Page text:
Something bad always leads to something good

why good things fall apart

Deep inside, I knew what it was going to take to get people talking about childhood cancer.  I didn’t like to say it out loud because I wouldn’t wish this on ANYONE, even a stranger.  But I knew.  The child of a celebrity, be it in the sports industry or the entertainment business, or what have you,  was going to get diagnosed, and that would jumpstart things.  Our voices, the voices of the survivors, parents, and other advocates, are not loud enough or important enough to get heard.  I mean, seriously, we have been screaming ourselves hoarse and still not being heard.

My heart broke yet again when I heard that the Cincinnati Bengals defensive tackle Devon Still’s 4 year old daughter Leah had been diagnosed with stage 4 neuroblastoma.  Another cute little munchkin thrown into this horrible world of childhood cancer.  Her daddy is her voice, just as countless of other parents have been and continue to be their children’s voices.  If parents don’t speak up, who will?  Who will fight for these kids?

As it is, childhood cancer awareness is on the rise.  A few weeks ago, Hoda Kotb released a music video with Sara Barielles and Cyndi Lauper, doing a mashup of Lauper’s True Colors and Barielles’ Brave called Truly Brave featuring young cancer patients from the Children’s Hospital of Philadelphia.

In March 2007, Hoda Kotb underwent a mastectomy and reconstructive surgery for breast cancer, and has since been a breast cancer advocate and activist.  This makes it even more amazing that she has taken an interest in kids with cancer and has since learned that pediatric cancer is grossly underfunded.  She isn’t the only breast cancer survivor speaking up, though.  Hoda was just using her position at the Today show to bring awareness and to raise funds for pediatric cancer research.  And she did!  This childhood cancer survivor and advocate is so very grateful for people like Hoda Kotb who bring awareness to childhood cancer because it’s the right thing to do and because she saw a need that wasn’t being fulfilled.  Words can’t express how my heart soared when I watched the video for the first time, or the second time, or the third.  Yes, I cried too, but my tears were happy ones.  Finally.  Finally we are getting somewhere.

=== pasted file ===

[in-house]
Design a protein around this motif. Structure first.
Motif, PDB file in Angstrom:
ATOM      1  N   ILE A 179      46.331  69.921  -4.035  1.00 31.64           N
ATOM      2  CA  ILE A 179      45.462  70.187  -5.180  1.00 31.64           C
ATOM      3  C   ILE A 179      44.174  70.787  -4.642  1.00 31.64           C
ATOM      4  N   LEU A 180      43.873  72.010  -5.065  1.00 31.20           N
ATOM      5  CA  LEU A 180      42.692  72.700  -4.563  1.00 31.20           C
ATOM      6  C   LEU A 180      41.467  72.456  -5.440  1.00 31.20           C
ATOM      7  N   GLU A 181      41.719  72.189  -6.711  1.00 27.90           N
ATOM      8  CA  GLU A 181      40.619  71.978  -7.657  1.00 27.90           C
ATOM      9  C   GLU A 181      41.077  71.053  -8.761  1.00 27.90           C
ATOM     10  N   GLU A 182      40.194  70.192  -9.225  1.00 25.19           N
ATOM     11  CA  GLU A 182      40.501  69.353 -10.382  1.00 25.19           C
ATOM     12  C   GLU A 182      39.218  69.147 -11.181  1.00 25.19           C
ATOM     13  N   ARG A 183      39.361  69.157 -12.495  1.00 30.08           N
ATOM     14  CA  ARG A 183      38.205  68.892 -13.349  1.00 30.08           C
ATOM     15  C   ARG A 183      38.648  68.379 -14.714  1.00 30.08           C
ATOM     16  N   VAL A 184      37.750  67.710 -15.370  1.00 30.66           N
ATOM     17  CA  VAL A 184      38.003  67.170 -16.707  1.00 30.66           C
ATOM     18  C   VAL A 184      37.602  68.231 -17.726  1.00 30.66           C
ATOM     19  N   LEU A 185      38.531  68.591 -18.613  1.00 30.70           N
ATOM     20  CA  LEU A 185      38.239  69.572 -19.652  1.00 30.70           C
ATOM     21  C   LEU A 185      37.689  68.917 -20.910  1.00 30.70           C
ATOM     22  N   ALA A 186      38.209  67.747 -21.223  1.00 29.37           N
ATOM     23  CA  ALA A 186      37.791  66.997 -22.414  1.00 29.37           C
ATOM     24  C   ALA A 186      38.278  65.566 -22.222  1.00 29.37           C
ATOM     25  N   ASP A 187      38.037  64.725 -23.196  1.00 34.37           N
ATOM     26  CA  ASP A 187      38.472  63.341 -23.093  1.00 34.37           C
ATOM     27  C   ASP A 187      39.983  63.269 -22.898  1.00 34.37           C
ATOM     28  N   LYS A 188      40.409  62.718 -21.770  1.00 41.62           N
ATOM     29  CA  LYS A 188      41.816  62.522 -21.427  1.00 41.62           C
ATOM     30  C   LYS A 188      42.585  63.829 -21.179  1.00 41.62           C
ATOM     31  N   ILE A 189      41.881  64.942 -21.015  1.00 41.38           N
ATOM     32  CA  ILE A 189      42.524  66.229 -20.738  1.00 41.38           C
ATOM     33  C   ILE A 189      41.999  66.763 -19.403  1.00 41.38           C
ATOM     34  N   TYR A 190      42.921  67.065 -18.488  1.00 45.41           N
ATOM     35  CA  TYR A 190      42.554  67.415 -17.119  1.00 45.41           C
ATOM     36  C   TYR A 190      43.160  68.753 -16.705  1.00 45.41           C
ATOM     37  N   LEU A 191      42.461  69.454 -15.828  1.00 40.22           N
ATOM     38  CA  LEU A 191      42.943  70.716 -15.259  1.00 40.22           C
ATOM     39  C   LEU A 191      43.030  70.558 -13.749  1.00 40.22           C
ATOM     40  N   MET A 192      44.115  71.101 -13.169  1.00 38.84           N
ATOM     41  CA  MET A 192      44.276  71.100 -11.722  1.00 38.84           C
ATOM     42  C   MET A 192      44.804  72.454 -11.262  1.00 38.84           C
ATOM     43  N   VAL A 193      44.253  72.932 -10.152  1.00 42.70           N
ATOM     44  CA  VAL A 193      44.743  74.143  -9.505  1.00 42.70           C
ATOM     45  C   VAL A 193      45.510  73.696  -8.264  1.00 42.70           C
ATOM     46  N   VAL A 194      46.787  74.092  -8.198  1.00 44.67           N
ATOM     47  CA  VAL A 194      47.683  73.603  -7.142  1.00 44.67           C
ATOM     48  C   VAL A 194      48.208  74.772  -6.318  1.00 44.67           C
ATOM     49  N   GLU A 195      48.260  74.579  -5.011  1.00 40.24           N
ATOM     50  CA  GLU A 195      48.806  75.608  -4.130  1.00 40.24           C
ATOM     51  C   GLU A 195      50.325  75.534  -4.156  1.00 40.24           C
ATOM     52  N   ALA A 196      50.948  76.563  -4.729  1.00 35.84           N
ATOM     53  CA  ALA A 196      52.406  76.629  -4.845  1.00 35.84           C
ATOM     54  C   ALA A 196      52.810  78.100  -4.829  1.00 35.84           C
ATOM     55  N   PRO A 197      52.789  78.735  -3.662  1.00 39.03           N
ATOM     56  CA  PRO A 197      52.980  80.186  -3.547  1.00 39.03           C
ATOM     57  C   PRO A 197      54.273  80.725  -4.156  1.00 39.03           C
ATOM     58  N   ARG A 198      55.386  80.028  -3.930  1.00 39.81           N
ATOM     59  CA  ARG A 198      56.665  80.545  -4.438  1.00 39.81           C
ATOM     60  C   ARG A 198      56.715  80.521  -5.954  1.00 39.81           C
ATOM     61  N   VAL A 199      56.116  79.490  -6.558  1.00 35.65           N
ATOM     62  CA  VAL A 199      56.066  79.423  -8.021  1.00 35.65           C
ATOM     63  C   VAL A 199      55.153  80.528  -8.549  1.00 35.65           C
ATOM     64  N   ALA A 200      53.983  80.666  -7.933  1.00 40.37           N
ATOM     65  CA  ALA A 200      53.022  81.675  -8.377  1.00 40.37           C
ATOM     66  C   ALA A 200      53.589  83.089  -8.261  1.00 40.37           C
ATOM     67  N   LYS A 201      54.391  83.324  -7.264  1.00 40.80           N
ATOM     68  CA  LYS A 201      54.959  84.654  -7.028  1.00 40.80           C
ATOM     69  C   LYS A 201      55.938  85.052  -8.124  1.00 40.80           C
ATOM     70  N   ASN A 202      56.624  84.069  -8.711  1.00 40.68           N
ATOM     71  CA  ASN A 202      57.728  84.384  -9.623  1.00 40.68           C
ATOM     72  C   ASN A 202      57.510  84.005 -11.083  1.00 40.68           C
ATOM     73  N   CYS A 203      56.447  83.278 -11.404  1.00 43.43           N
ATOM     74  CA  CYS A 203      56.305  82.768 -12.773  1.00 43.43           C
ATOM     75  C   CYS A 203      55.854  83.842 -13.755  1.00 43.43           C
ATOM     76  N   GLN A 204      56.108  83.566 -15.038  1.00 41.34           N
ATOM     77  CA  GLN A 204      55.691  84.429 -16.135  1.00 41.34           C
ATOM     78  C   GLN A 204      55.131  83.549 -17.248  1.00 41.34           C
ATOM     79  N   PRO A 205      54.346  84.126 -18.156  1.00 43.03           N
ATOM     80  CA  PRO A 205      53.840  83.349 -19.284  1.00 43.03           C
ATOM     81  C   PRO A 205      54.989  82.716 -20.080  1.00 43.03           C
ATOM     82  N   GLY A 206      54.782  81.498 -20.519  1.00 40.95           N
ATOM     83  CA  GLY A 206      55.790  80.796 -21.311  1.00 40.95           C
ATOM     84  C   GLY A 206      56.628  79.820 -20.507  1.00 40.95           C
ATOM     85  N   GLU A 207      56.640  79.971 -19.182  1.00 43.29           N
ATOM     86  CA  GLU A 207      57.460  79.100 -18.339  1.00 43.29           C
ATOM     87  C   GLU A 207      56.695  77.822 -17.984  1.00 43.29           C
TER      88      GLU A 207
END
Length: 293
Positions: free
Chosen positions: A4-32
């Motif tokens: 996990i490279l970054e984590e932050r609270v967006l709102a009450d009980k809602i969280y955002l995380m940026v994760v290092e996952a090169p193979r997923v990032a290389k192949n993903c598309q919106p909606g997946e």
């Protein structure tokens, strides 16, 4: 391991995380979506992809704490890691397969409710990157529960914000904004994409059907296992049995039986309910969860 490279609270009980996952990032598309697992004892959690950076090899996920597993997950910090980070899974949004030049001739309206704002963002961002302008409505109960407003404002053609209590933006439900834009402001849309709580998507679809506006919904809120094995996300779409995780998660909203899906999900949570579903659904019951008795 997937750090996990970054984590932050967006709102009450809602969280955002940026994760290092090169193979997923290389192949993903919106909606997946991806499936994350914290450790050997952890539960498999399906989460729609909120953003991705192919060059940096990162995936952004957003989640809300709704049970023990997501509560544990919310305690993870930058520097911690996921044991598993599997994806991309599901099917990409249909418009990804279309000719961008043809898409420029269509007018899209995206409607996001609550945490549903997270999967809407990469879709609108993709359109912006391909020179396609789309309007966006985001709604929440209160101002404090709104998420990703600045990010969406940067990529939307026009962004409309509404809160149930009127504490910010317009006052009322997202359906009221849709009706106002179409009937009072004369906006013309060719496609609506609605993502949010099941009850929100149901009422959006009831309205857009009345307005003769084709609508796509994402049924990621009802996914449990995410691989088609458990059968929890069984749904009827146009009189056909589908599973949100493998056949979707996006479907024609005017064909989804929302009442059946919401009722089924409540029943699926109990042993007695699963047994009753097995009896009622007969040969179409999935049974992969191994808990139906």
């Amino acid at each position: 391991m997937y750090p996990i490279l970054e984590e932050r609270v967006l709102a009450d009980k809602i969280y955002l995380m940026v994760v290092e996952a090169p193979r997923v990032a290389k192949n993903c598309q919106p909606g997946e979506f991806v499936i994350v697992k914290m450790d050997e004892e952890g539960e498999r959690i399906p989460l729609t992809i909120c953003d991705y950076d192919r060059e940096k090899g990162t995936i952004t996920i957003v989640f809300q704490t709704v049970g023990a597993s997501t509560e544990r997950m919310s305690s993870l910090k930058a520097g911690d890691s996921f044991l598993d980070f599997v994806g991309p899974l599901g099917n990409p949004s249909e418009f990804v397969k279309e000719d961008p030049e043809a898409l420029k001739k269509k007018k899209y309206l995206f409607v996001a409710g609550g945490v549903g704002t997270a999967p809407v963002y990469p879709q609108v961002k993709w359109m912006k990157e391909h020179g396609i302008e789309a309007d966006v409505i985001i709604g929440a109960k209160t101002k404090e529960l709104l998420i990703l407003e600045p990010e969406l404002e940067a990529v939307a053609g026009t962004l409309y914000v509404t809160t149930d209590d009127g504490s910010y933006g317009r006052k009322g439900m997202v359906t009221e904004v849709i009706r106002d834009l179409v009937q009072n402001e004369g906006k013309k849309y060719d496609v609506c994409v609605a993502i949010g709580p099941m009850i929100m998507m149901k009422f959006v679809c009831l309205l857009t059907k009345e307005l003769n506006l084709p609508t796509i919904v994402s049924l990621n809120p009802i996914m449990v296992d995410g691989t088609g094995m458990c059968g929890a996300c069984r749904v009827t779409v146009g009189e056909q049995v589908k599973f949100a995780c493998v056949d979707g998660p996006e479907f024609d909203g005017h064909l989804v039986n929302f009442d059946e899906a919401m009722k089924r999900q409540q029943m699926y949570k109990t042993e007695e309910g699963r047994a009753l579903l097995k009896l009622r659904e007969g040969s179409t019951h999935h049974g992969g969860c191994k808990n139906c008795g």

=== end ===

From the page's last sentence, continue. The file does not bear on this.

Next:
This is my plea to people with power and position:  Please don’t drop the ball.  Childhood cancer is a problem that needs to be addressed daily.  It needs to be addressed until it is no longer a problem.  I do realize that this is asking a lot, but look at it this way.  If you have children, if you love any children at all, you would do this for them.  You would speak up for them, and help them get the awareness, the action, the funding, and the cures they need desperately.  There is one pediatric brain cancer that is terminal upon diagnosis, and researchers have said if they can find the cure for that, it could lead to other cancer cures, including for adult cancers!  It is simple.  Advocate.  Be a voice for the babies who need you.  Fight for them.  Don’t just be a childhood cancer advocate – be a childhood cancer activist.  

Devon Still has said there has to be a reason why he and Leah have been thrown into this fight.  He said he had a vision when he first decided to make Leah’s story public – he wanted to bring as much awareness as possible to pediatric cancer. When his team heard the news of his daughter’s diagnosis, despite having released Still during preseason, they signed him to the practice squad.  This let Still focus on Leah, and also let him keep access to the NFL health insurance plan to cover Leah’s treatments.  He has now returned to the regular roster, and the team has decided to donate all the profits from the sale of his #75 jersey to pediatric cancer research.  To date, sales have reached the $1 million mark and counting!

As for Leah herself, she has had surgery and they have removed all of the tumor.  While not quite cancer free yet, she is well on her way!

Devon Still and Leah Still


I'd love to know what you think!

Fill in your details below or click an icon to log in: Logo

You are commenting using your account. Log Out / Change )

Twitter picture

You are commenting using your Twitter account. Log Out / Change )

Facebook photo

You are commenting using your Facebook account. Log Out / Change )

Google+ photo

You are commenting using your Google+ account. Log Out / Change )

Connecting to %s